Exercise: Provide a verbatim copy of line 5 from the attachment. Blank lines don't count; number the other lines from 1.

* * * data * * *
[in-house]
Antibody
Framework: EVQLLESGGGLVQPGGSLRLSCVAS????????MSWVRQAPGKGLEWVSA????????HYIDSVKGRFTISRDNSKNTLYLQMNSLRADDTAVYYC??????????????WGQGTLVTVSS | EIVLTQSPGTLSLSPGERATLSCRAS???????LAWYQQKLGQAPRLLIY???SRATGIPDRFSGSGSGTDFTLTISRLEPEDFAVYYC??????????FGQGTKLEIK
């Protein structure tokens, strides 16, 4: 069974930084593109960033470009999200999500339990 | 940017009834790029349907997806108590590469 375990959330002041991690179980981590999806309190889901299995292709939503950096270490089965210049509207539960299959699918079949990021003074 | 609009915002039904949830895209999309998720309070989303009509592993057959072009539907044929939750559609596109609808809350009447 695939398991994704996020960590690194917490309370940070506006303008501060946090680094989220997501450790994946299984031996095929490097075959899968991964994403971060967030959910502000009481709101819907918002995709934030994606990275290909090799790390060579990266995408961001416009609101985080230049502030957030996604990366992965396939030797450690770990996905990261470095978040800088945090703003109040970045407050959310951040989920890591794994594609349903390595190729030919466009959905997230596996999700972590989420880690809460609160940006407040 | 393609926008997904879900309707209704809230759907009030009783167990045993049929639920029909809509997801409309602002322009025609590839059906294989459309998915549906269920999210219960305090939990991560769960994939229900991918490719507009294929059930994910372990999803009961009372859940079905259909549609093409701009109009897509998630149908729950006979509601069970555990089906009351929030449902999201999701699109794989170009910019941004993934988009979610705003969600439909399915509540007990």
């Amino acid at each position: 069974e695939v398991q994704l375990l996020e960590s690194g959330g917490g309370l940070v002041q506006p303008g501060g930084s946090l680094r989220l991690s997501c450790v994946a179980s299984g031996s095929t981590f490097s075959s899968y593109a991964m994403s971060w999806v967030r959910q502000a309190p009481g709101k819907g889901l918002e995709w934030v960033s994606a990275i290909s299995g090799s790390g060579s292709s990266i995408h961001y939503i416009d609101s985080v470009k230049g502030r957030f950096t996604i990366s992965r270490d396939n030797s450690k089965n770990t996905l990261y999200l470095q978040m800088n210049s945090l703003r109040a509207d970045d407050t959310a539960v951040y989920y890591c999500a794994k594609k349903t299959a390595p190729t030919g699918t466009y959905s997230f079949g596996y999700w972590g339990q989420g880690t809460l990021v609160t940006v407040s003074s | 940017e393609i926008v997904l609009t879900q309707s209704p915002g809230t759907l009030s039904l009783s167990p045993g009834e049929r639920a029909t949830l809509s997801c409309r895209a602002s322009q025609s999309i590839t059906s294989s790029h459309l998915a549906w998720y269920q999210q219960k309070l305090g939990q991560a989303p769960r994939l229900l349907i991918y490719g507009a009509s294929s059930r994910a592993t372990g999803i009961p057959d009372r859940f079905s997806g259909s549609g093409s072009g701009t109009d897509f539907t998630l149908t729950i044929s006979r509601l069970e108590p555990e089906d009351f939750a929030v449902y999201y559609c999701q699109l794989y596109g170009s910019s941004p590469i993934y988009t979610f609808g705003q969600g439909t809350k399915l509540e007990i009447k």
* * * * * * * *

């Amino acid at each position: 069974e695939v398991q994704l375990l996020e960590s690194g959330g917490g309370l940070v002041q506006p303008g501060g930084s946090l680094r989220l991690s997501c450790v994946a179980s299984g031996s095929t981590f490097s075959s899968y593109a991964m994403s971060w999806v967030r959910q502000a309190p009481g709101k819907g889901l918002e995709w934030v960033s994606a990275i290909s299995g090799s790390g060579s292709s990266i995408h961001y939503i416009d609101s985080v470009k230049g502030r957030f950096t996604i990366s992965r270490d396939n030797s450690k089965n770990t996905l990261y999200l470095q978040m800088n210049s945090l703003r109040a509207d970045d407050t959310a539960v951040y989920y890591c999500a794994k594609k349903t299959a390595p190729t030919g699918t466009y959905s997230f079949g596996y999700w972590g339990q989420g880690t809460l990021v609160t940006v407040s003074s | 940017e393609i926008v997904l609009t879900q309707s209704p915002g809230t759907l009030s039904l009783s167990p045993g009834e049929r639920a029909t949830l809509s997801c409309r895209a602002s322009q025609s999309i590839t059906s294989s790029h459309l998915a549906w998720y269920q999210q219960k309070l305090g939990q991560a989303p769960r994939l229900l349907i991918y490719g507009a009509s294929s059930r994910a592993t372990g999803i009961p057959d009372r859940f079905s997806g259909s549609g093409s072009g701009t109009d897509f539907t998630l149908t729950i044929s006979r509601l069970e108590p555990e089906d009351f939750a929030v449902y999201y559609c999701q699109l794989y596109g170009s910019s941004p590469i993934y988009t979610f609808g705003q969600g439909t809350k399915l509540e007990i009447k």